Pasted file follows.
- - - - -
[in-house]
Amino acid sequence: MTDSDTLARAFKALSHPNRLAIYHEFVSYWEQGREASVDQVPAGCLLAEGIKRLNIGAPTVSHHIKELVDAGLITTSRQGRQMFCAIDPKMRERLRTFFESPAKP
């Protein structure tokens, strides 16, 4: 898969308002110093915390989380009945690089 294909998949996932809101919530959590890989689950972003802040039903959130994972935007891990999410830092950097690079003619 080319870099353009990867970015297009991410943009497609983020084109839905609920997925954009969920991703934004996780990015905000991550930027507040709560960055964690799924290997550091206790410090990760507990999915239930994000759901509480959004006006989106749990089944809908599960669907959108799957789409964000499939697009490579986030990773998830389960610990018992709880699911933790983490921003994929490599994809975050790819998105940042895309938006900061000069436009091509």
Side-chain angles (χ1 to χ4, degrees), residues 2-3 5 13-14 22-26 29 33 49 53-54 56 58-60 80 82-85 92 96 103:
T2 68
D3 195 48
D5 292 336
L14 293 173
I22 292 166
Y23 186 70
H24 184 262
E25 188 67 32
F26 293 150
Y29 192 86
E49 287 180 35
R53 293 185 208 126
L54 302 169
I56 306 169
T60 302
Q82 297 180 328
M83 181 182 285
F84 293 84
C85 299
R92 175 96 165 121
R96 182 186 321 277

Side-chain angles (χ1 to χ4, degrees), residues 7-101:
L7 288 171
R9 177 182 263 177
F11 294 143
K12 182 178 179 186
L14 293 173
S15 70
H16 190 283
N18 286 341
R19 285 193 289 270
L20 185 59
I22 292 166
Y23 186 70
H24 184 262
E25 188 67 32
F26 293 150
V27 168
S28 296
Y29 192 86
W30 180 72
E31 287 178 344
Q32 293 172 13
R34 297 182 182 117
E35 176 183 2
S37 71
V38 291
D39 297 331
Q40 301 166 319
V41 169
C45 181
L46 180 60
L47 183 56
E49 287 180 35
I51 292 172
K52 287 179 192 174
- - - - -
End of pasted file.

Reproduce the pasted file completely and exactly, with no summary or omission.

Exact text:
[in-house]
Amino acid sequence: MTDSDTLARAFKALSHPNRLAIYHEFVSYWEQGREASVDQVPAGCLLAEGIKRLNIGAPTVSHHIKELVDAGLITTSRQGRQMFCAIDPKMRERLRTFFESPAKP
């Protein structure tokens, strides 16, 4: 898969308002110093915390989380009945690089 294909998949996932809101919530959590890989689950972003802040039903959130994972935007891990999410830092950097690079003619 080319870099353009990867970015297009991410943009497609983020084109839905609920997925954009969920991703934004996780990015905000991550930027507040709560960055964690799924290997550091206790410090990760507990999915239930994000759901509480959004006006989106749990089944809908599960669907959108799957789409964000499939697009490579986030990773998830389960610990018992709880699911933790983490921003994929490599994809975050790819998105940042895309938006900061000069436009091509």
Side-chain angles (χ1 to χ4, degrees), residues 2-3 5 13-14 22-26 29 33 49 53-54 56 58-60 80 82-85 92 96 103:
T2 68
D3 195 48
D5 292 336
L14 293 173
I22 292 166
Y23 186 70
H24 184 262
E25 188 67 32
F26 293 150
Y29 192 86
E49 287 180 35
R53 293 185 208 126
L54 302 169
I56 306 169
T60 302
Q82 297 180 328
M83 181 182 285
F84 293 84
C85 299
R92 175 96 165 121
R96 182 186 321 277

Side-chain angles (χ1 to χ4, degrees), residues 7-101:
L7 288 171
R9 177 182 263 177
F11 294 143
K12 182 178 179 186
L14 293 173
S15 70
H16 190 283
N18 286 341
R19 285 193 289 270
L20 185 59
I22 292 166
Y23 186 70
H24 184 262
E25 188 67 32
F26 293 150
V27 168
S28 296
Y29 192 86
W30 180 72
E31 287 178 344
Q32 293 172 13
R34 297 182 182 117
E35 176 183 2
S37 71
V38 291
D39 297 331
Q40 301 166 319
V41 169
C45 181
L46 180 60
L47 183 56
E49 287 180 35
I51 292 172
K52 287 179 192 174